The Orioles acquired righthander Bud Norris and international spending money from the Astros in exchange for outfielder L.J. Hoes, lefthander Josh Hader and a supplemental first-round pick in the 2014 draft, a deal that makes sense for both clubs. Baltimore lands a needed mid-rotation starter and one who won’t be eligible for free agency until after the 2015 season, while Houston gets more building blocks for the future.
The Orioles won the second pick in the supplemental first round in the competitive-balance lottery two weeks ago. As of now, it would be No. 33 overall (subject to change depending on selections that are created or disappear based on free-agent signings). In 2013, the No. 33 choice carried an assigned value of $1,650,100.
The Astros sent their fourth international bonus slot, No. 91 overall, to the Orioles in the deal. The slot carries a value of $213,000, which puts Baltimore’s international pool at $1,710, 600. Houston has parted with three of its initial four international slots, costing them $997,700 of spending potential, though they still have a total pool of nearly $4 million thanks to their position at No. 1.
L.J. Hoes, lf/rf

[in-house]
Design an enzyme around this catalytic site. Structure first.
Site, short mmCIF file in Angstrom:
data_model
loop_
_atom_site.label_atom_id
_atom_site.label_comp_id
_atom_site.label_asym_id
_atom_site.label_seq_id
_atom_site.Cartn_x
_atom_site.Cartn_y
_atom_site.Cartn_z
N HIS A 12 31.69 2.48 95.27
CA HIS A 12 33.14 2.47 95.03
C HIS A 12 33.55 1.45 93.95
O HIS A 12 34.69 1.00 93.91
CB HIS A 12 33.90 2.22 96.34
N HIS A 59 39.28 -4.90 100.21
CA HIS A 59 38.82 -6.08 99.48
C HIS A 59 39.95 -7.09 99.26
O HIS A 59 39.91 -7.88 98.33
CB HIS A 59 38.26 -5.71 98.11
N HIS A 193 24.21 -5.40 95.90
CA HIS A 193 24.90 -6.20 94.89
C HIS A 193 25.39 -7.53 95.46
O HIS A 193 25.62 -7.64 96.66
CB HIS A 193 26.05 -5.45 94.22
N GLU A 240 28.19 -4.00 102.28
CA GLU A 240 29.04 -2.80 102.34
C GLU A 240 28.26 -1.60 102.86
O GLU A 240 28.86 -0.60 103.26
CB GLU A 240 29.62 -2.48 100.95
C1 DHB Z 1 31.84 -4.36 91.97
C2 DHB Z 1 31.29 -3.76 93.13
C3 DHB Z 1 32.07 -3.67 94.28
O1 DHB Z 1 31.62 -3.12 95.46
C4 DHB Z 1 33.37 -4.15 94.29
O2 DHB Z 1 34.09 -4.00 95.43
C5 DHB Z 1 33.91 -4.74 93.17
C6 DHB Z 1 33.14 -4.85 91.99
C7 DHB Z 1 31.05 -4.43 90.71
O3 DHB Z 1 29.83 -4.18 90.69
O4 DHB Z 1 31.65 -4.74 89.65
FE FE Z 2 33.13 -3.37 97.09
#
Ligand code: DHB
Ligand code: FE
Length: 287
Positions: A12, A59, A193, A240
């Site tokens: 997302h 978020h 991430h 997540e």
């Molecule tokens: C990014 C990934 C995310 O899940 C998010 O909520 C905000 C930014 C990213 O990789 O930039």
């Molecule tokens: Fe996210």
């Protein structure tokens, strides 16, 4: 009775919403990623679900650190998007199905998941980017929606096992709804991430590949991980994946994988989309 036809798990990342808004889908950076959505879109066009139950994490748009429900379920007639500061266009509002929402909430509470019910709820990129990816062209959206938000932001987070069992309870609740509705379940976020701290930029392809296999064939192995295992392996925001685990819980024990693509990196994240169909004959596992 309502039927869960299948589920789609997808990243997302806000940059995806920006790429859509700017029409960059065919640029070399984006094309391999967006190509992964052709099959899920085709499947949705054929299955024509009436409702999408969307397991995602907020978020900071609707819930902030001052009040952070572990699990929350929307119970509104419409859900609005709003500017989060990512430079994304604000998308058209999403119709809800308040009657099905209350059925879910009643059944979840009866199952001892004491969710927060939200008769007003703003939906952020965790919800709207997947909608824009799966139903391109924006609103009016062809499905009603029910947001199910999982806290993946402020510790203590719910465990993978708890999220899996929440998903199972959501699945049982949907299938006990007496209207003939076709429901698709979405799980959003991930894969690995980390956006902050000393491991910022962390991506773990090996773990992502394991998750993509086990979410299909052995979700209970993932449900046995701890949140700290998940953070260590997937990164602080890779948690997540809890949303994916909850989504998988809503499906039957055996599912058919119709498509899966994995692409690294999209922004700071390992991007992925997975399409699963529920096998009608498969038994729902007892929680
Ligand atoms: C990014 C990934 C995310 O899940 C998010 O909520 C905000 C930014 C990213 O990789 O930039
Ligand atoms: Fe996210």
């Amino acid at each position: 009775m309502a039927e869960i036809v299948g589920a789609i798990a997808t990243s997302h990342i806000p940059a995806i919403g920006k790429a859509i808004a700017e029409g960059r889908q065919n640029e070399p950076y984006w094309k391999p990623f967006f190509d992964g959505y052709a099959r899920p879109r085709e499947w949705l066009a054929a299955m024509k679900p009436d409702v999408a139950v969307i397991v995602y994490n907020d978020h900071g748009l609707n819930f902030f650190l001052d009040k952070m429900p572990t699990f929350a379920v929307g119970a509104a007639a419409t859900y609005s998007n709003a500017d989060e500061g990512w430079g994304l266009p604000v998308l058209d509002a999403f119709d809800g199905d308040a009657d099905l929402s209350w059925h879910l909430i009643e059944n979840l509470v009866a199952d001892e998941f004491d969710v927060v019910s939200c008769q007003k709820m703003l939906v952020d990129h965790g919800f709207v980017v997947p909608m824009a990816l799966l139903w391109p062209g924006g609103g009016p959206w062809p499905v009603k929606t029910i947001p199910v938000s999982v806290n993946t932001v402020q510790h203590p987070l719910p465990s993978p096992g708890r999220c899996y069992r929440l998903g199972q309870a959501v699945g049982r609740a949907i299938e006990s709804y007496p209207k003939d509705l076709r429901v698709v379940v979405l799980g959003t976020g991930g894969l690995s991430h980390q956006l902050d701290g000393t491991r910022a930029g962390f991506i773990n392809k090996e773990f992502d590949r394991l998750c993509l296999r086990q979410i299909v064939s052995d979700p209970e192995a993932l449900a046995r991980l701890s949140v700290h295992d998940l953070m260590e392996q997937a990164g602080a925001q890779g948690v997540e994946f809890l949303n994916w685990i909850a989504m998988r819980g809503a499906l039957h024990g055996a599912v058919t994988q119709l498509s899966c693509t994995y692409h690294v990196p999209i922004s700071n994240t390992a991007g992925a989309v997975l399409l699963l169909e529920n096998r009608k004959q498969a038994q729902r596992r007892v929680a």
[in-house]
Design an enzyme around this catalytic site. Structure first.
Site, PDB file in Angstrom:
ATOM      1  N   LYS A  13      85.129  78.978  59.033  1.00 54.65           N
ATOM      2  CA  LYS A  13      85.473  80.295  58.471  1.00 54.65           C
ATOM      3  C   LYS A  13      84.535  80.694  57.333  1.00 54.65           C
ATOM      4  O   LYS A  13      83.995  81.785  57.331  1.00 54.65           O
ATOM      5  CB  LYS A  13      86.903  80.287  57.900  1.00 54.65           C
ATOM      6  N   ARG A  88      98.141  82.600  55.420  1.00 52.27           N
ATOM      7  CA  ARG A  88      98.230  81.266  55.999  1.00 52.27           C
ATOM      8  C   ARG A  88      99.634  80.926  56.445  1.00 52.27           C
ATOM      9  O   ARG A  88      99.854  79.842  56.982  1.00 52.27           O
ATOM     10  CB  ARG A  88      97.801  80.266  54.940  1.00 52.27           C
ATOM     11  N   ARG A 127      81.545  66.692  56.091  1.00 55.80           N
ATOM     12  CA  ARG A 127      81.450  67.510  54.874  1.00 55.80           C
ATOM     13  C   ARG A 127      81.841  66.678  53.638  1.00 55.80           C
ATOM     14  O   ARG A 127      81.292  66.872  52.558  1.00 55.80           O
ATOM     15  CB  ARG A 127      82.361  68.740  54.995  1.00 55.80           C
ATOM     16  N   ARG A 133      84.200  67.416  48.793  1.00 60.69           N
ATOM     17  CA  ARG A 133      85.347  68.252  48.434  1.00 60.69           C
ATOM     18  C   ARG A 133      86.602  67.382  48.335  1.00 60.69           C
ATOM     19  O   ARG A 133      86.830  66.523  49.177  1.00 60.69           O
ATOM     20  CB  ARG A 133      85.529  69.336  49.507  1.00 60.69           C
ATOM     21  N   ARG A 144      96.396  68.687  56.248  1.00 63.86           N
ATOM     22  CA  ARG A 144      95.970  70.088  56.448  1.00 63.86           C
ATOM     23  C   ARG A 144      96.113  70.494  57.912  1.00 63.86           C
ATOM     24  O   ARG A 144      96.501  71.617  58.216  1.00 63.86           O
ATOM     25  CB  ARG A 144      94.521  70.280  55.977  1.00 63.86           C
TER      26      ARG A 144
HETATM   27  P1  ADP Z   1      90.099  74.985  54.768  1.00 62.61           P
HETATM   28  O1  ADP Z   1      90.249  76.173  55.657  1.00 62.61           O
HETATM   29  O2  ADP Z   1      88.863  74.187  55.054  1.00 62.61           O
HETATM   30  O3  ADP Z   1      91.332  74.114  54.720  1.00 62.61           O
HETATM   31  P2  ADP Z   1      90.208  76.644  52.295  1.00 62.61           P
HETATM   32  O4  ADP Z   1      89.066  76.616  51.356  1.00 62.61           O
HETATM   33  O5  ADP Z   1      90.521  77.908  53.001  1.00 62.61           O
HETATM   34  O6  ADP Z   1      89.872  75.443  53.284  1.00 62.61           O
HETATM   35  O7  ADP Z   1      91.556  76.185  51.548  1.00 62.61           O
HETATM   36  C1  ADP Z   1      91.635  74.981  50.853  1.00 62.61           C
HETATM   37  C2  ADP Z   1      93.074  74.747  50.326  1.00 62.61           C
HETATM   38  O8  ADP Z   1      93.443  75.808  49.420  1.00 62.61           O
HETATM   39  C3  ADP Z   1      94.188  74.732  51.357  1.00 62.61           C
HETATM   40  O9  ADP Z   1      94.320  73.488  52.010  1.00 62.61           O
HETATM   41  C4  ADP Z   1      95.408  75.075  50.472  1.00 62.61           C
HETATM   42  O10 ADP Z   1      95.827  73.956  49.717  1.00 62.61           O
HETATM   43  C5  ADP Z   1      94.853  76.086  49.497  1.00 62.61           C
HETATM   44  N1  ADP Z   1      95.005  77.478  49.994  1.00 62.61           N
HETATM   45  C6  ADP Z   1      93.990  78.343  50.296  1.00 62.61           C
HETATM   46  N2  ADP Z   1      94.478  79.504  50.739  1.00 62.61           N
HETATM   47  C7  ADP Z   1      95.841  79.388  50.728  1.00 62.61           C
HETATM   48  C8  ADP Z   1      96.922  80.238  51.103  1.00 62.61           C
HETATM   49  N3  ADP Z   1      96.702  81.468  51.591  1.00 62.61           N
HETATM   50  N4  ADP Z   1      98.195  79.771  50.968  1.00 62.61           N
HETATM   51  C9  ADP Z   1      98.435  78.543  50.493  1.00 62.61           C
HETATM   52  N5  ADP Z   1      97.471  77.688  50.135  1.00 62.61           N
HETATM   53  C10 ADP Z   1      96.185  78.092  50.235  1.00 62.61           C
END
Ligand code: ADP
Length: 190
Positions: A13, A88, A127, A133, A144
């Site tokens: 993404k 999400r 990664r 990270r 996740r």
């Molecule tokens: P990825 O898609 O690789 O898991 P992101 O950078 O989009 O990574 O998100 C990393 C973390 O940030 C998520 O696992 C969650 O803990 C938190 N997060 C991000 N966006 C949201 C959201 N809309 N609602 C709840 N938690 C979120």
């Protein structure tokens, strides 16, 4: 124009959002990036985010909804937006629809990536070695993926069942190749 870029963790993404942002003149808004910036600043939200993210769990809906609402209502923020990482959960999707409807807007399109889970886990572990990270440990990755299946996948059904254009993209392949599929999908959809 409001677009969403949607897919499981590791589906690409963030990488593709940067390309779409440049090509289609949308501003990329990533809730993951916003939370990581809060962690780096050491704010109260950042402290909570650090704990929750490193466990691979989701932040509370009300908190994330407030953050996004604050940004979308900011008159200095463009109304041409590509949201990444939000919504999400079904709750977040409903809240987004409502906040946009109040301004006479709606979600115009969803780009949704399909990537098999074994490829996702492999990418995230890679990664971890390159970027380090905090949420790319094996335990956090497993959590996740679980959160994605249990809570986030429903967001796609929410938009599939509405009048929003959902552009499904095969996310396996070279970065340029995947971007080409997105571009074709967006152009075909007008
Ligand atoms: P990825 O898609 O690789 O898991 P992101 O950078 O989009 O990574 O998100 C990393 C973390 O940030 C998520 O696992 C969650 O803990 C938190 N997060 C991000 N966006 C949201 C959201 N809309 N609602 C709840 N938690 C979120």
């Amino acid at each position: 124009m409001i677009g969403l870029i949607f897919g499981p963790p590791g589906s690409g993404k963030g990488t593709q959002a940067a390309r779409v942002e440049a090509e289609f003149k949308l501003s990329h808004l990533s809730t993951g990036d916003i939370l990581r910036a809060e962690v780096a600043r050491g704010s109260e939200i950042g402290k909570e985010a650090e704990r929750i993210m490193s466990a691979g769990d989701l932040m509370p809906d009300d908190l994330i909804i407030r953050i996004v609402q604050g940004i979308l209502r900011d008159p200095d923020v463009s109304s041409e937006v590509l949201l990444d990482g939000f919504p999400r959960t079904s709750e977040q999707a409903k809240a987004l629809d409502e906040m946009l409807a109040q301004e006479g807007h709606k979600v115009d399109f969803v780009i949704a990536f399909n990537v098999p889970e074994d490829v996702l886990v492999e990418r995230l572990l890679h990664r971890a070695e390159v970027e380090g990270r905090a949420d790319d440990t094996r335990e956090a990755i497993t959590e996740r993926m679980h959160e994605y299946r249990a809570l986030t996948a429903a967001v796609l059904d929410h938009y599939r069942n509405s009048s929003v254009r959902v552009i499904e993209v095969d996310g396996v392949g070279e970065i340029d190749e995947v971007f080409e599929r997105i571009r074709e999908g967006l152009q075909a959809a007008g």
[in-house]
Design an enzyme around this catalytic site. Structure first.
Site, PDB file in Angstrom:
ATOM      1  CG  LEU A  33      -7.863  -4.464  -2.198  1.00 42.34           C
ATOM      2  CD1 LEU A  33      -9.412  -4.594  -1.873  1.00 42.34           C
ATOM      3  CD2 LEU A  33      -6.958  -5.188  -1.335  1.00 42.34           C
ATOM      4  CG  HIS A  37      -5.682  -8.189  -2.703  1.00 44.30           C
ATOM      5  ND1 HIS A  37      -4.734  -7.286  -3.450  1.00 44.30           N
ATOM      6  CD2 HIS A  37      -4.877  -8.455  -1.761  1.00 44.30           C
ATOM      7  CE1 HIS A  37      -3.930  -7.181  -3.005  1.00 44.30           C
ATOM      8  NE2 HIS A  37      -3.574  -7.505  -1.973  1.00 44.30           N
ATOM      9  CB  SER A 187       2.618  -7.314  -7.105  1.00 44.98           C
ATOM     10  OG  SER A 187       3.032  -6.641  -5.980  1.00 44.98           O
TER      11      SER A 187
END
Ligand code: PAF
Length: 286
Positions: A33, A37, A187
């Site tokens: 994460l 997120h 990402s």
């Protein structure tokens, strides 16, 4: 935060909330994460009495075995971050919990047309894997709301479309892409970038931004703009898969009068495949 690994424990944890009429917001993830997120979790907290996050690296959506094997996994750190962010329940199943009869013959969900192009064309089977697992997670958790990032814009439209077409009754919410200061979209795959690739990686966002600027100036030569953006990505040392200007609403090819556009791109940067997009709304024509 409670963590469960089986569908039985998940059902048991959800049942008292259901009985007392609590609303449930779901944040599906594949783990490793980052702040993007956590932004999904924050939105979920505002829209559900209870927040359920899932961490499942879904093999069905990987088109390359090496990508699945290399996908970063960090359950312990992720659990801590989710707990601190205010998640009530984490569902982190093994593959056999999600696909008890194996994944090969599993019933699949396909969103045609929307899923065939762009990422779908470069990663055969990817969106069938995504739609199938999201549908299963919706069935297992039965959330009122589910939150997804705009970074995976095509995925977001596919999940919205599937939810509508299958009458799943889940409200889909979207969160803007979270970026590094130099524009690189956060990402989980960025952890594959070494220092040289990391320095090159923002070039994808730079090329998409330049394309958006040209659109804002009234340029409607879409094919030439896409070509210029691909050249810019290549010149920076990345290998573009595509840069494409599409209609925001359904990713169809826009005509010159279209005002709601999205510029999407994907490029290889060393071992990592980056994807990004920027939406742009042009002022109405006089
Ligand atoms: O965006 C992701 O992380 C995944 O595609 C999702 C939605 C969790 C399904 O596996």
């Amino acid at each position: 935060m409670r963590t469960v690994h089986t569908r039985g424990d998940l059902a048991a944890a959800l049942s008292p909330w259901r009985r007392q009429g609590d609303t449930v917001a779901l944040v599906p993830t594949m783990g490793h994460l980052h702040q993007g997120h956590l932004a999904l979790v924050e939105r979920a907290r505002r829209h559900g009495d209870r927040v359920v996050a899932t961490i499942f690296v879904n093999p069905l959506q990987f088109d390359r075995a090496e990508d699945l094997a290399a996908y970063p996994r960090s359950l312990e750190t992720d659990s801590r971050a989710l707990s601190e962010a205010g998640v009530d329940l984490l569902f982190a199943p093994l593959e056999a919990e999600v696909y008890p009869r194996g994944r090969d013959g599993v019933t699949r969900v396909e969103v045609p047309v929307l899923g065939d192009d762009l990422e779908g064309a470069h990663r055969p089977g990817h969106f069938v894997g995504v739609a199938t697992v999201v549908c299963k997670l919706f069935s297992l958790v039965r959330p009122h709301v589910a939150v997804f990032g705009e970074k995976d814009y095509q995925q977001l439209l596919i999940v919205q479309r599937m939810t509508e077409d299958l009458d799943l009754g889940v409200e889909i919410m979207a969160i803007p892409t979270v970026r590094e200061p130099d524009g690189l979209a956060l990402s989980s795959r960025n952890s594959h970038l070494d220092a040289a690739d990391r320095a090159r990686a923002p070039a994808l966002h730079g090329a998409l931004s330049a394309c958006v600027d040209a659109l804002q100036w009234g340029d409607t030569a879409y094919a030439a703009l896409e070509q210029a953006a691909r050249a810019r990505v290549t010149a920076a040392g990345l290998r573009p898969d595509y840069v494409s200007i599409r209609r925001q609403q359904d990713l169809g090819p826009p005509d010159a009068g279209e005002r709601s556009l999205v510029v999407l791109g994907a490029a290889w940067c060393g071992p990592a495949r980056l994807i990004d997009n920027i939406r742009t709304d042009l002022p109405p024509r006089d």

Age: 23 Bats: R
Career Transactions: Selected by Orioles in third round of 2008 draft; signed June 14, 2008
A third-round pick out of a Washington, D.C., high school in 2008, Hoes has proven his ability to hit for average in the minors but hasn’t been able to crack Baltimore’s big league roster. He has gotten just four at-bats for the Orioles, all coming in the last two years. Hoes’ strengths are making consistent contact and getting on base, as he has hit .302 with a .391 on-base percentage and nearly as many walks (92) as strikeouts (99) in Triple-A during the last two seasons. He’s more of a tweener than a regular outfielder, however, because he has below-average power (.400 slugging percentage) and lacks the defensive chops to play center. He has average speed and arm strength and is capable of manning either outfield corner.
Josh Hader, lhp
Career Transactions: Selected by Orioles in 19th round of 2012 draft; signed June 21, 2012
The Orioles stole Hader in the 19th round of the 2012 draft, signing the Maryland high school product for $40,000 the day after he impressed GM Dan Duquette and manager Buck Showalter in a prep showcase. His fastball sat mostly in the mid-80s during his senior season, but Hader now works at 88-91 mph and has hit 94. There’s more projection remaining in his skinny 6-foot-3 frame, too. As a tall southpaw who works from a low three-quarters angle, he draws some physical comparisons to Chris Sale. Like most young pitchers, Hader has a lengthy to-do list, and his includes improving the consistency of his slider, changeup and command. If he can do that, he’s a potential No. 3 starter.
Bud Norris, rhp
Remaining Commitment: Prorated portion of $3 million salary for 2013, then arbitration-eligible for 2014 and '15.
Norris isn’t an ace and his strikeout rate has dipped to a career-low 6.4 per nine innings in 2013, but he’s a durable starter who averaged nearly a whiff per inning in his first three full major league seasons. His most effective pitch is his slider, which he sets up with a low-90s fastball. He’ll probably slot in as Baltimore’s No. 4 starter.